Saturday, August 02, 2008

Nettles Used to Be...


...such a nice-sounding word

the kind of word you read in a Beatrix Potter story

a proper English-sounding word

a word that's fun to say because of the way

your tongue gets to flop around in your mouth when you say it

"Nettles! Nettles! Nettles!"

Yes, I used to like the word nettles.

That is, until I moved to this farm and learned what nettles really are.

Now

Nettles are evil.

Nettles are hideous.

Nettles are lurking, waiting to attack.

Nettles are EVERYWHERE!


Nettles are sin incarnate!

If you want a good picture of how bad sin is, observe the nettle.

Nettles have thorny little stickers coming at you from all angles.

I've done quite a lot of thinking on my sin lately because I've pulled a lot of nettles.

Every envious thought I've had is a nettle.

Every time I've put my own desires above the Lord's desires is a nettle.

Every grumbling, complaining attitude is a nettle.

Every faithless worry is a nettle.

In short, my garden is full of nettles!

But, thankfully, "where sin abounds, grace much more abounds."

The Lord is my gardener, and He's about the business of tending His garden.

Nettles, like sin, have deep roots.

They can't be impatiently snatched or they'll just break off and grow right back.

You have to get to the root of the matter.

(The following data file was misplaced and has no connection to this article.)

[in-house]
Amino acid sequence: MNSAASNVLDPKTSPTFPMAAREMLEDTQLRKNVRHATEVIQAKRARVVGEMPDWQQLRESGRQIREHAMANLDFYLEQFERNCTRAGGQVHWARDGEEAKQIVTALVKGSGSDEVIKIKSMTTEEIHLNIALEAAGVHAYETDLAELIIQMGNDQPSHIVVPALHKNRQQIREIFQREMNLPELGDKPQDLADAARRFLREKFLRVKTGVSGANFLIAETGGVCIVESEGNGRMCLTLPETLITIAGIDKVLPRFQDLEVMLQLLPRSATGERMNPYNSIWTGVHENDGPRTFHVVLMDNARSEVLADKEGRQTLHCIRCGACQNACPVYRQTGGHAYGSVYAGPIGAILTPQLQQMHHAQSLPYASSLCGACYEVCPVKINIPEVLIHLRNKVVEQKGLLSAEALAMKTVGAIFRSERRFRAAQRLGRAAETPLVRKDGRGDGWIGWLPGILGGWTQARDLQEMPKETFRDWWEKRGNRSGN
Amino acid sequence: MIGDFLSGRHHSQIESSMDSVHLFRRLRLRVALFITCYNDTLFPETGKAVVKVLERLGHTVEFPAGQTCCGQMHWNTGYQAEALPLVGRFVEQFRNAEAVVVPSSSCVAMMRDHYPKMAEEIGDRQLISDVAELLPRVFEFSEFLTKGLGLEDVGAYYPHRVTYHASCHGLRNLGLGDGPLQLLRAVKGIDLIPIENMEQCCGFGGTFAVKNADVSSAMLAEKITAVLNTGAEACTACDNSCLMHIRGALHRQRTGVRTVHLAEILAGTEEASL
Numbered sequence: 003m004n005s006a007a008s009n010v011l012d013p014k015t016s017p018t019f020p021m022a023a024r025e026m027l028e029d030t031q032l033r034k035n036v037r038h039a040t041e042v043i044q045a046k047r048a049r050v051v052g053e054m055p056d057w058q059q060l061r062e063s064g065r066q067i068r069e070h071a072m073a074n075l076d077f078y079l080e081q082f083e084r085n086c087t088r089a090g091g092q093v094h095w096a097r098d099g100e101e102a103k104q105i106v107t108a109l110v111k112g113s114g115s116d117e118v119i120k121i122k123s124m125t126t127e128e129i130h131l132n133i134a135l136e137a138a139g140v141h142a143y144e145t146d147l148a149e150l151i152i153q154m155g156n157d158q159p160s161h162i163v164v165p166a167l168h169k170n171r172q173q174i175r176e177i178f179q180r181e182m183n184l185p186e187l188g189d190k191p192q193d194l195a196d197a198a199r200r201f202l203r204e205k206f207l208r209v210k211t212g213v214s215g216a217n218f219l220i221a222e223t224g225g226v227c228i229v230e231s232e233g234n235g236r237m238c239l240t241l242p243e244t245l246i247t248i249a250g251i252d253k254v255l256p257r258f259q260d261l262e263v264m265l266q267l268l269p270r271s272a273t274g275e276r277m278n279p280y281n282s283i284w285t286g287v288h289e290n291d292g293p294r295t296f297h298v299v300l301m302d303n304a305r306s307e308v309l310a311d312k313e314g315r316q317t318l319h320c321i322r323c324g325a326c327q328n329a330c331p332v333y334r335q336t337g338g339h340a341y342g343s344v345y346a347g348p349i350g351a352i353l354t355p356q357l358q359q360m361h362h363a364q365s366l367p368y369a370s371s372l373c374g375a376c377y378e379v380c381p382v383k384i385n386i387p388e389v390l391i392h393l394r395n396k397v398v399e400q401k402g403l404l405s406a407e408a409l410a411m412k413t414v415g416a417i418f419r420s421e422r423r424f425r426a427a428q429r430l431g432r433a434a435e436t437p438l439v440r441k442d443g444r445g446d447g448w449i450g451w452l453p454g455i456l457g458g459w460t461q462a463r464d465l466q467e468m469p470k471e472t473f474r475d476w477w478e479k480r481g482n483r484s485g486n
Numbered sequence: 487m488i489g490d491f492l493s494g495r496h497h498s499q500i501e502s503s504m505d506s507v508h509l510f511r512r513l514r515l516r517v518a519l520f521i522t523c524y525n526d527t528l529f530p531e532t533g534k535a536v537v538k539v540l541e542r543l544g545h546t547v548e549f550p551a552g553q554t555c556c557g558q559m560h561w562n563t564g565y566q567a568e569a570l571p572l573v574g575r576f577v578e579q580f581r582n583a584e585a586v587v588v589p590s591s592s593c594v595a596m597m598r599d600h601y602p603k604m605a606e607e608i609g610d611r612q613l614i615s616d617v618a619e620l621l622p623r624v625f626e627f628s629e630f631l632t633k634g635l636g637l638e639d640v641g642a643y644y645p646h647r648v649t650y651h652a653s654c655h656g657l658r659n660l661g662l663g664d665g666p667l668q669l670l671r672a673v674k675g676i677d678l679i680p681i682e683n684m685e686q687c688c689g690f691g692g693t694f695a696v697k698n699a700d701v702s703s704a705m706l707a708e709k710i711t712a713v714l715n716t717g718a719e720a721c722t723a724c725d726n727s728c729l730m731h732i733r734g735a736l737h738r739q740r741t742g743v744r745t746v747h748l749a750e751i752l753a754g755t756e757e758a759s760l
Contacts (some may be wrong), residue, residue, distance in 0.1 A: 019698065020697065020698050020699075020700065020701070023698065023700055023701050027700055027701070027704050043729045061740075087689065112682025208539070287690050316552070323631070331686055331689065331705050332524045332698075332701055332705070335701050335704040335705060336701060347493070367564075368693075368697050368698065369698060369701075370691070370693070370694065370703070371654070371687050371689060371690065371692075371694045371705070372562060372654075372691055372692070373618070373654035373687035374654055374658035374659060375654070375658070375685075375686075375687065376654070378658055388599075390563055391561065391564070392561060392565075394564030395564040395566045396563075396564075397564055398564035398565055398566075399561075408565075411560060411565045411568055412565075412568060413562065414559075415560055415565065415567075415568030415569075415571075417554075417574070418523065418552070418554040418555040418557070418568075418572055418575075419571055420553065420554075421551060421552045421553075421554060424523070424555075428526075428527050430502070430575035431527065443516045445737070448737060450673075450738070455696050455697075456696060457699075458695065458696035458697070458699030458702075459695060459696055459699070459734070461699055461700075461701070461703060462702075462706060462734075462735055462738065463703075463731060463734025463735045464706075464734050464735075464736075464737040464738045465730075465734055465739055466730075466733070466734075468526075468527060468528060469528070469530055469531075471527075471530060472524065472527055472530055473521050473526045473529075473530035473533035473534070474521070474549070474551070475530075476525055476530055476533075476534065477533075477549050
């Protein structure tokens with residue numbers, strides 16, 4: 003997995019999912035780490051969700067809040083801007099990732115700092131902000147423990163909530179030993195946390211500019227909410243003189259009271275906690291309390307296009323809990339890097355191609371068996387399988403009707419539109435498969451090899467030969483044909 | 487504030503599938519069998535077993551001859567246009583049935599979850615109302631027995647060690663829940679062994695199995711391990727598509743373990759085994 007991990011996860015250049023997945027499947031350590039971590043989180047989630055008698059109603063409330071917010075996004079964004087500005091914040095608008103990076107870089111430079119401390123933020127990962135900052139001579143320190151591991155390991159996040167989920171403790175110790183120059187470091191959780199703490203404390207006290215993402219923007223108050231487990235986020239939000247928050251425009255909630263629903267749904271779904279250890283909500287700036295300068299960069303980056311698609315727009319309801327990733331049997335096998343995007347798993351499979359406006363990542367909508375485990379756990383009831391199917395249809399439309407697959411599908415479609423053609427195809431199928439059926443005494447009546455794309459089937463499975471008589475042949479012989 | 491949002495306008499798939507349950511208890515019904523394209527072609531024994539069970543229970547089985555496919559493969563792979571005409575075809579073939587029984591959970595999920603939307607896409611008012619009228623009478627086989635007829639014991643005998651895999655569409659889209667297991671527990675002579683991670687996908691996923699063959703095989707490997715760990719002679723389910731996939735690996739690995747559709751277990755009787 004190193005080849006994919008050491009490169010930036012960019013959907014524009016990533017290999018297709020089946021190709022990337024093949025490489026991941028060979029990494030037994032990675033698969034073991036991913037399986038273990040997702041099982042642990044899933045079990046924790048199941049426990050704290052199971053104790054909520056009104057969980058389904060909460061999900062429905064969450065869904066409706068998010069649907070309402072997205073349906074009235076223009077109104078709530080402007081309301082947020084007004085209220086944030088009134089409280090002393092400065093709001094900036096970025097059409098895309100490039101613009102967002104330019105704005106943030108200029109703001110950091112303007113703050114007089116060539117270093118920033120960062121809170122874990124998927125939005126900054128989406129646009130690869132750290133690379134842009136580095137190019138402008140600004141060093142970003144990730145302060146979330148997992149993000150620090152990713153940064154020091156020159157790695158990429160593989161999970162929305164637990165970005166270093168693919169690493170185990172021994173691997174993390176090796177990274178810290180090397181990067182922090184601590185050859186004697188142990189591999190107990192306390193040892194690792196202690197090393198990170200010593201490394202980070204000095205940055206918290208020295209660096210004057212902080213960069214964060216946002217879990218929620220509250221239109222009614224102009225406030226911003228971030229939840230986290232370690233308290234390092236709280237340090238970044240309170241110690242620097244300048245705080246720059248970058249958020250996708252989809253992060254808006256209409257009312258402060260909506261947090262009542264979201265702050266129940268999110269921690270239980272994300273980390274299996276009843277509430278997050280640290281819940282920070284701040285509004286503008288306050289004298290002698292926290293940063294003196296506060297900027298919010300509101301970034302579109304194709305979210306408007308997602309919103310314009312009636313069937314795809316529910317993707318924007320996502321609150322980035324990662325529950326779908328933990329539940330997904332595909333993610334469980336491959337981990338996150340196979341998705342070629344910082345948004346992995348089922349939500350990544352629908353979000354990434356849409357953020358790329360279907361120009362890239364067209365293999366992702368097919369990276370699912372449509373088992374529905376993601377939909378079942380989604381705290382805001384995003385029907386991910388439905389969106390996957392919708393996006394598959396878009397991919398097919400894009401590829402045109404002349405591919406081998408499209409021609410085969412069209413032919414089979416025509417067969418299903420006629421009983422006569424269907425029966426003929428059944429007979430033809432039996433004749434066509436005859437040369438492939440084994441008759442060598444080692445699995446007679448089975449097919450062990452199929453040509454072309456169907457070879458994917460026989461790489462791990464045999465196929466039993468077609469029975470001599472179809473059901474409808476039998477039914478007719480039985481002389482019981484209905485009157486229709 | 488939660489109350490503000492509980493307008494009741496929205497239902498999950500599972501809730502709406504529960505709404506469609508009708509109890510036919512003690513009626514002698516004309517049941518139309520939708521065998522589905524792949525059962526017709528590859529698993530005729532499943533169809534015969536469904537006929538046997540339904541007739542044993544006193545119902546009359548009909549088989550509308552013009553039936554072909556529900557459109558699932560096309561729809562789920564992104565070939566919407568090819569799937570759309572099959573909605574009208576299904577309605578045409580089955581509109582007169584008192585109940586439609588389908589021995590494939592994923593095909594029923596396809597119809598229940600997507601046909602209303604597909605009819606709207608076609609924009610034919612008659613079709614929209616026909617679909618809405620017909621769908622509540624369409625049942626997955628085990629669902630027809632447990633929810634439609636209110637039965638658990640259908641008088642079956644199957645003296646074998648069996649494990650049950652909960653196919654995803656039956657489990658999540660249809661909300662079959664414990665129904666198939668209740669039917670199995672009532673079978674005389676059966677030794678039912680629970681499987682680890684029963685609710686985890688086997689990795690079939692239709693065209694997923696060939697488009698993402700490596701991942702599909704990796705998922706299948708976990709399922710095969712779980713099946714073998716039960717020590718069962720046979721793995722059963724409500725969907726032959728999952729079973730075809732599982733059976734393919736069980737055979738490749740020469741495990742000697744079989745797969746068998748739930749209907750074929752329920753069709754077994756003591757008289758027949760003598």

That requires pulling with a firm grip and slow, steady pressure.

Sins are the same-deeply rooted.

And only the slow, patient, steady hand of our Heavenly Father can rid us of them.

I'm thankful for my Heavenly Gardener, and I'm thankful for the nettles He created.

~Trish

But ask the animals, and they will teach you, or the birds of the air; and they will tell you; or speak to the earth, and it will teach you, or let the fish of the sea inform you. Which of all these does not know that the hand of the Lord has done this? In His hand is the life of every creature and the breath of all mankind.
(Job 12:7-10)


(Stinging Nettles: Flowers in Close Up by David Boaq
Photo from allposters.com)

4 comments:

evanspatch said...

No nettles here in southwest Indiana...but plenty of sin in my garden. What a good "picture" of our sin. I'm so thankful for the Master Gardener in my life.

Tracy

Livvy said...

What a lovely allegory. I just read in our new composting book that nettles pulled and thrown into the compost pile add an especially high amount of nitrogen, so it seems that the weeding brings forth pleasant fruit later on :)
We are wishing we were closer for many reasons but the chickens and CSA baskets are causing nettles of envy to spring forth.
With much love,
Kim

Anonymous said...

Amen. I discovered them as soon as we moved here and I went barefoot in our yard. :( They have also re-appeared at our grape plants several times...uggg.

Dianna

The Lingo Clan said...

Tracy,

How blessed you are to have no nettles to deal with in Indiana!

Kim,
Wow! It's wonderful to know that all that weeding will pay off next year in the compost pile!

We are looking forward to y'all visiting, and we hope it will be soon!

Love,
Trish